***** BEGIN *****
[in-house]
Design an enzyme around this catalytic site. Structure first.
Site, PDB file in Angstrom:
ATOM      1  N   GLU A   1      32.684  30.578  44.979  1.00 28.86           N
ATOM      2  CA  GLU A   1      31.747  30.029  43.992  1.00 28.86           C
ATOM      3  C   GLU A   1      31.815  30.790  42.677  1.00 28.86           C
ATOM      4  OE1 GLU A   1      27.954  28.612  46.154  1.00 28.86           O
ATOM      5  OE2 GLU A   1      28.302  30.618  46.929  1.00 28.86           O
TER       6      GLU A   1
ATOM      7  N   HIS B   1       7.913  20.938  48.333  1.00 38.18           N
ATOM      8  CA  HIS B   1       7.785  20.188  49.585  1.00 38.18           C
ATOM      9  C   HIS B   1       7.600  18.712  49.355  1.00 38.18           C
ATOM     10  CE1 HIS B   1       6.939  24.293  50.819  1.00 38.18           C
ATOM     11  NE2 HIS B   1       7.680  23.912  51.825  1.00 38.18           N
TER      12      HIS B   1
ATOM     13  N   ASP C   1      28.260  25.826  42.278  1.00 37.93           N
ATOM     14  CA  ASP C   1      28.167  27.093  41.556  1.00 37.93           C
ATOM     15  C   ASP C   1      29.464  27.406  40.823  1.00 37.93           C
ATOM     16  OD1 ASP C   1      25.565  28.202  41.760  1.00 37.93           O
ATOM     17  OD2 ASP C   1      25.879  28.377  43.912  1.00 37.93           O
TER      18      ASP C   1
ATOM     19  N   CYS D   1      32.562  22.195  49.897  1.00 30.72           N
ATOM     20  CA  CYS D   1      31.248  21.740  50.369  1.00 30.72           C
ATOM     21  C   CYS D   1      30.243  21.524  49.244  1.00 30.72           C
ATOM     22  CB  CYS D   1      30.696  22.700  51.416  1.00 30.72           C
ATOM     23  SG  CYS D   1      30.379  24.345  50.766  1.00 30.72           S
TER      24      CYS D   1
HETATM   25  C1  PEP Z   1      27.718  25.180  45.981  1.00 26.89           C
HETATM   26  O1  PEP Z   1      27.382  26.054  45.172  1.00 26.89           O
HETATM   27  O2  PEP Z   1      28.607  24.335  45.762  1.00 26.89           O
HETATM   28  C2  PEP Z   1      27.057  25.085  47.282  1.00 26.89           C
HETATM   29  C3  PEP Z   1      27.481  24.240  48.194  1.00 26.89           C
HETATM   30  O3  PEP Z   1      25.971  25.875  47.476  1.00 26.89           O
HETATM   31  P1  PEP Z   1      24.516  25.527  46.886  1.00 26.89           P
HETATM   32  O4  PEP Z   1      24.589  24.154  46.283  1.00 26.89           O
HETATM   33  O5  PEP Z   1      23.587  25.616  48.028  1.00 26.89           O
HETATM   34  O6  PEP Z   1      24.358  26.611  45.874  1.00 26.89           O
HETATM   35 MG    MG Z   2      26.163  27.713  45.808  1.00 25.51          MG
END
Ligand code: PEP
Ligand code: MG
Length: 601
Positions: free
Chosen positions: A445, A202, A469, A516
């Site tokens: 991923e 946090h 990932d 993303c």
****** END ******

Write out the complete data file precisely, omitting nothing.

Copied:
[in-house]
Design an enzyme around this catalytic site. Structure first.
Site, PDB file in Angstrom:
ATOM      1  N   GLU A   1      32.684  30.578  44.979  1.00 28.86           N
ATOM      2  CA  GLU A   1      31.747  30.029  43.992  1.00 28.86           C
ATOM      3  C   GLU A   1      31.815  30.790  42.677  1.00 28.86           C
ATOM      4  OE1 GLU A   1      27.954  28.612  46.154  1.00 28.86           O
ATOM      5  OE2 GLU A   1      28.302  30.618  46.929  1.00 28.86           O
TER       6      GLU A   1
ATOM      7  N   HIS B   1       7.913  20.938  48.333  1.00 38.18           N
ATOM      8  CA  HIS B   1       7.785  20.188  49.585  1.00 38.18           C
ATOM      9  C   HIS B   1       7.600  18.712  49.355  1.00 38.18           C
ATOM     10  CE1 HIS B   1       6.939  24.293  50.819  1.00 38.18           C
ATOM     11  NE2 HIS B   1       7.680  23.912  51.825  1.00 38.18           N
TER      12      HIS B   1
ATOM     13  N   ASP C   1      28.260  25.826  42.278  1.00 37.93           N
ATOM     14  CA  ASP C   1      28.167  27.093  41.556  1.00 37.93           C
ATOM     15  C   ASP C   1      29.464  27.406  40.823  1.00 37.93           C
ATOM     16  OD1 ASP C   1      25.565  28.202  41.760  1.00 37.93           O
ATOM     17  OD2 ASP C   1      25.879  28.377  43.912  1.00 37.93           O
TER      18      ASP C   1
ATOM     19  N   CYS D   1      32.562  22.195  49.897  1.00 30.72           N
ATOM     20  CA  CYS D   1      31.248  21.740  50.369  1.00 30.72           C
ATOM     21  C   CYS D   1      30.243  21.524  49.244  1.00 30.72           C
ATOM     22  CB  CYS D   1      30.696  22.700  51.416  1.00 30.72           C
ATOM     23  SG  CYS D   1      30.379  24.345  50.766  1.00 30.72           S
TER      24      CYS D   1
HETATM   25  C1  PEP Z   1      27.718  25.180  45.981  1.00 26.89           C
HETATM   26  O1  PEP Z   1      27.382  26.054  45.172  1.00 26.89           O
HETATM   27  O2  PEP Z   1      28.607  24.335  45.762  1.00 26.89           O
HETATM   28  C2  PEP Z   1      27.057  25.085  47.282  1.00 26.89           C
HETATM   29  C3  PEP Z   1      27.481  24.240  48.194  1.00 26.89           C
HETATM   30  O3  PEP Z   1      25.971  25.875  47.476  1.00 26.89           O
HETATM   31  P1  PEP Z   1      24.516  25.527  46.886  1.00 26.89           P
HETATM   32  O4  PEP Z   1      24.589  24.154  46.283  1.00 26.89           O
HETATM   33  O5  PEP Z   1      23.587  25.616  48.028  1.00 26.89           O
HETATM   34  O6  PEP Z   1      24.358  26.611  45.874  1.00 26.89           O
HETATM   35 MG    MG Z   2      26.163  27.713  45.808  1.00 25.51          MG
END
Ligand code: PEP
Ligand code: MG
Length: 601
Positions: free
Chosen positions: A445, A202, A469, A516
């Site tokens: 991923e 946090h 990932d 993303c």